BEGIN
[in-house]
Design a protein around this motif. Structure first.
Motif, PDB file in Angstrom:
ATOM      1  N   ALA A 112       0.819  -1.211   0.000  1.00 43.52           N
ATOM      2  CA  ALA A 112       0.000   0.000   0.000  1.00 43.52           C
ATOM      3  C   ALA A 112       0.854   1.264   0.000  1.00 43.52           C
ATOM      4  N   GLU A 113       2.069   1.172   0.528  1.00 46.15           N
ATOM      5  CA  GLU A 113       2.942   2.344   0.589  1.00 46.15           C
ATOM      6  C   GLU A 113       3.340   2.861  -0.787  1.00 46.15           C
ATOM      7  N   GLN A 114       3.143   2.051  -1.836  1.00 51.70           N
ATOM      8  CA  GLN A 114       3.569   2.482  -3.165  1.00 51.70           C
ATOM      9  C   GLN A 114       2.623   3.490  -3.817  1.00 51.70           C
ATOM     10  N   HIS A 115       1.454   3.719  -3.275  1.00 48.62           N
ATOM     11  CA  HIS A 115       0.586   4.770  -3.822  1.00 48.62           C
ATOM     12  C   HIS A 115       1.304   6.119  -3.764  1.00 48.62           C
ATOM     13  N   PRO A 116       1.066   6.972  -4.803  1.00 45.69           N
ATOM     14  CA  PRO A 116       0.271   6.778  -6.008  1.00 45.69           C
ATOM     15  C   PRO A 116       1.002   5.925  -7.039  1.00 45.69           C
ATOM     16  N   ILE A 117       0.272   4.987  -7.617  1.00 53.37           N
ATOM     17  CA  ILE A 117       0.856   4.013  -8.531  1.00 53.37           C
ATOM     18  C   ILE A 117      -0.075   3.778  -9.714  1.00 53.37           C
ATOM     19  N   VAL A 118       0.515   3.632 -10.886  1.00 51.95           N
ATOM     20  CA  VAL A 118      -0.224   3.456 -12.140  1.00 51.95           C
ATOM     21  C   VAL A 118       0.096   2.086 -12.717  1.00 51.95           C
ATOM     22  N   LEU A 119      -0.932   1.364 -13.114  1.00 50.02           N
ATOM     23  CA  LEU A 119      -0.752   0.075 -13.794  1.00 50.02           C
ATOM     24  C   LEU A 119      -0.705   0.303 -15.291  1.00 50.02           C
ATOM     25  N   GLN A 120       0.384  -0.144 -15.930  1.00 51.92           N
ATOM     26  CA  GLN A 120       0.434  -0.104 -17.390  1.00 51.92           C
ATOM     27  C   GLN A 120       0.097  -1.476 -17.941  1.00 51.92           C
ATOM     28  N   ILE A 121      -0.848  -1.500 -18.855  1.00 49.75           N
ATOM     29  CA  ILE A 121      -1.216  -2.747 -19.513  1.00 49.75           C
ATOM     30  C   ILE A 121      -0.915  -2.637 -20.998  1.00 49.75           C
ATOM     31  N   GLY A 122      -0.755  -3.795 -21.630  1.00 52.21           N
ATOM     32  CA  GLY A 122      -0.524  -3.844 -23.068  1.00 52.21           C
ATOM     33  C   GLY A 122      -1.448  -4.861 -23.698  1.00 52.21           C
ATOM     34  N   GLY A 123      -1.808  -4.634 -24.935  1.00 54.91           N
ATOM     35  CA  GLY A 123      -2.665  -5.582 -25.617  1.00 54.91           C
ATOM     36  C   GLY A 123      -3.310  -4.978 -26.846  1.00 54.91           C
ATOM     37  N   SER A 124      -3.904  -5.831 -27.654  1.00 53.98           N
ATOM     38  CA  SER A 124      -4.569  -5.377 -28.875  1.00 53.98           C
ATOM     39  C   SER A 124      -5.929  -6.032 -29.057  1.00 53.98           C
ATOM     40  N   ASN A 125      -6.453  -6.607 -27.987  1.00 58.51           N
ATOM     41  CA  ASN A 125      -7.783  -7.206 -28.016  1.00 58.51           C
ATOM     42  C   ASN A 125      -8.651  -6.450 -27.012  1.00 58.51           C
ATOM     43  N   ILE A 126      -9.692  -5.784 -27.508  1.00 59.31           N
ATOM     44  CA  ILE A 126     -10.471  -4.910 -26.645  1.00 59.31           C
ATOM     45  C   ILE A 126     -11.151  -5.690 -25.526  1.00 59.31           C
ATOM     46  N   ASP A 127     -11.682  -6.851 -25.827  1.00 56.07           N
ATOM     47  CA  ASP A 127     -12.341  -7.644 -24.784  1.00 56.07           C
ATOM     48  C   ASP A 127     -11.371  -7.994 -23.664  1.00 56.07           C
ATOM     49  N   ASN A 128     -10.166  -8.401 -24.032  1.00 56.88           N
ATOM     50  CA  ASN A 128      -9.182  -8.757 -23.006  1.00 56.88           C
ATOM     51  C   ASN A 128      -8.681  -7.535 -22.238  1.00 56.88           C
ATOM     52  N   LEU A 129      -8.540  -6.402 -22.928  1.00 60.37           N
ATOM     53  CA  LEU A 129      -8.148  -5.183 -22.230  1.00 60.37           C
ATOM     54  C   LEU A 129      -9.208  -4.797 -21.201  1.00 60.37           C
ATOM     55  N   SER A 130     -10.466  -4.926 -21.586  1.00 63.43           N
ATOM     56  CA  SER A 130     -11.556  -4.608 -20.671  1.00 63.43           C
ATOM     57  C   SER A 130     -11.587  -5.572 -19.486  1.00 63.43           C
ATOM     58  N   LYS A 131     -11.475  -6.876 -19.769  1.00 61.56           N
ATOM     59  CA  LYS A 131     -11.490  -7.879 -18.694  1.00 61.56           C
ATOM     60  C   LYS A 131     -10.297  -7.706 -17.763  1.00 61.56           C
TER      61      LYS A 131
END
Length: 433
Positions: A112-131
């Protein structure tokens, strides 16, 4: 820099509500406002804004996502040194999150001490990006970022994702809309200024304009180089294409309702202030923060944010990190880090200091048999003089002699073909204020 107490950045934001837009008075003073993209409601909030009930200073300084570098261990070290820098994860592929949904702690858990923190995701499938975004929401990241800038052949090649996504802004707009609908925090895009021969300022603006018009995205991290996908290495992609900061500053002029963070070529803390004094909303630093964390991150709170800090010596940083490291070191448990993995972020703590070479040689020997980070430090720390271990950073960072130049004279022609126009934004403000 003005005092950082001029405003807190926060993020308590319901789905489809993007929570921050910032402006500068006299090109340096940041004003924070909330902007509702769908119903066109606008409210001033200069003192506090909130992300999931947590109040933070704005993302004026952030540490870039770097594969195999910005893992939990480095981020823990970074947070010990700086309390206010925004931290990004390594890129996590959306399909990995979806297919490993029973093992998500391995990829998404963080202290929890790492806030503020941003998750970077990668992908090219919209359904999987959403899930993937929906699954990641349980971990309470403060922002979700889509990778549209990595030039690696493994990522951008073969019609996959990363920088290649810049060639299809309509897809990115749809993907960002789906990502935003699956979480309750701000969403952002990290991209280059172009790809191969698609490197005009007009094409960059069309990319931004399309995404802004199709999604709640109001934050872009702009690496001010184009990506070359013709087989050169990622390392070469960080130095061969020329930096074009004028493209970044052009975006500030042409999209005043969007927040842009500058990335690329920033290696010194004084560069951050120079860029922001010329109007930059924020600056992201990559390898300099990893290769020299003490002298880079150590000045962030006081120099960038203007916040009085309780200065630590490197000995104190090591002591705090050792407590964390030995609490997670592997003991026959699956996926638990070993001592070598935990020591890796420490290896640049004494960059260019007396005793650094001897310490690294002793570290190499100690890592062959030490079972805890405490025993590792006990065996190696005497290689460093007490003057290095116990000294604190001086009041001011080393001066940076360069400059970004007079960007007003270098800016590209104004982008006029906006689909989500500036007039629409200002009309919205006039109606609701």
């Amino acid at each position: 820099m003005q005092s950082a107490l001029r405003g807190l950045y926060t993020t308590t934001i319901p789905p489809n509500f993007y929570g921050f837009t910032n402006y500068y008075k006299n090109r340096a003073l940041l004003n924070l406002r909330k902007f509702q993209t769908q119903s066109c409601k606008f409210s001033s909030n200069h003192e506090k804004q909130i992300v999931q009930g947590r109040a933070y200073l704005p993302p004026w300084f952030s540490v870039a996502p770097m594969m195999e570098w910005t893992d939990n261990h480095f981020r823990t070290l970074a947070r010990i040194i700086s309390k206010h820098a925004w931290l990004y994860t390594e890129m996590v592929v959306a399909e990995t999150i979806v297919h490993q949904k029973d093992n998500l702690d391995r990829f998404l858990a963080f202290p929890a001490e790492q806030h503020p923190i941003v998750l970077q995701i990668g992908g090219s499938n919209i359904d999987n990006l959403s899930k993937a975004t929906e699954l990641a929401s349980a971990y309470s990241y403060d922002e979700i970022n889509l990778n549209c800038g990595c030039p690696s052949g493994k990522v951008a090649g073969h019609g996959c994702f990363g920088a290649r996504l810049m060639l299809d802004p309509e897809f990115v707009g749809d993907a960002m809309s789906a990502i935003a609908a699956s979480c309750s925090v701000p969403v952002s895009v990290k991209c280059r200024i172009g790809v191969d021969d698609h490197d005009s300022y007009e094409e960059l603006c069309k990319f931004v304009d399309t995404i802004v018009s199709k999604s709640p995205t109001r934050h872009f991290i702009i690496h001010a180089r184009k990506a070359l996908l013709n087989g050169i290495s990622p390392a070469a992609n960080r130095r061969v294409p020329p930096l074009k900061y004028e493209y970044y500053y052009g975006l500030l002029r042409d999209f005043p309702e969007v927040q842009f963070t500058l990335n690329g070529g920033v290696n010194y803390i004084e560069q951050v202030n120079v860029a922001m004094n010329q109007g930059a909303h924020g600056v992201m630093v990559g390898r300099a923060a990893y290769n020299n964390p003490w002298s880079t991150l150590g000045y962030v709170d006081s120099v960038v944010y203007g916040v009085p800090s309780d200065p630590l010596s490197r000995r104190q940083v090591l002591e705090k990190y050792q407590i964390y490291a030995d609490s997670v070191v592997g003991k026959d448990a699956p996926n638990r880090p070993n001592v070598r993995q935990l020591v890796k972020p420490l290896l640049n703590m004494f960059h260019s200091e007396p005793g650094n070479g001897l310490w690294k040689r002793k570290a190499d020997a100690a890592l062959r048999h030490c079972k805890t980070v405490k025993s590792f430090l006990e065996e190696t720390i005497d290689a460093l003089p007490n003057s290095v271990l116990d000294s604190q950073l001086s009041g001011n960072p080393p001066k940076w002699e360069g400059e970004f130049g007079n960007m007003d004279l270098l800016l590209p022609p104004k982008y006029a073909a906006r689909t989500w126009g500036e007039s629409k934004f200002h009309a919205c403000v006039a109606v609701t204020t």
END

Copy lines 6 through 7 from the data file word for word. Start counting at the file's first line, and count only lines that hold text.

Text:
ATOM      3  C   ALA A 112       0.854   1.264   0.000  1.00 43.52           C
ATOM      4  N   GLU A 113       2.069   1.172   0.528  1.00 46.15           N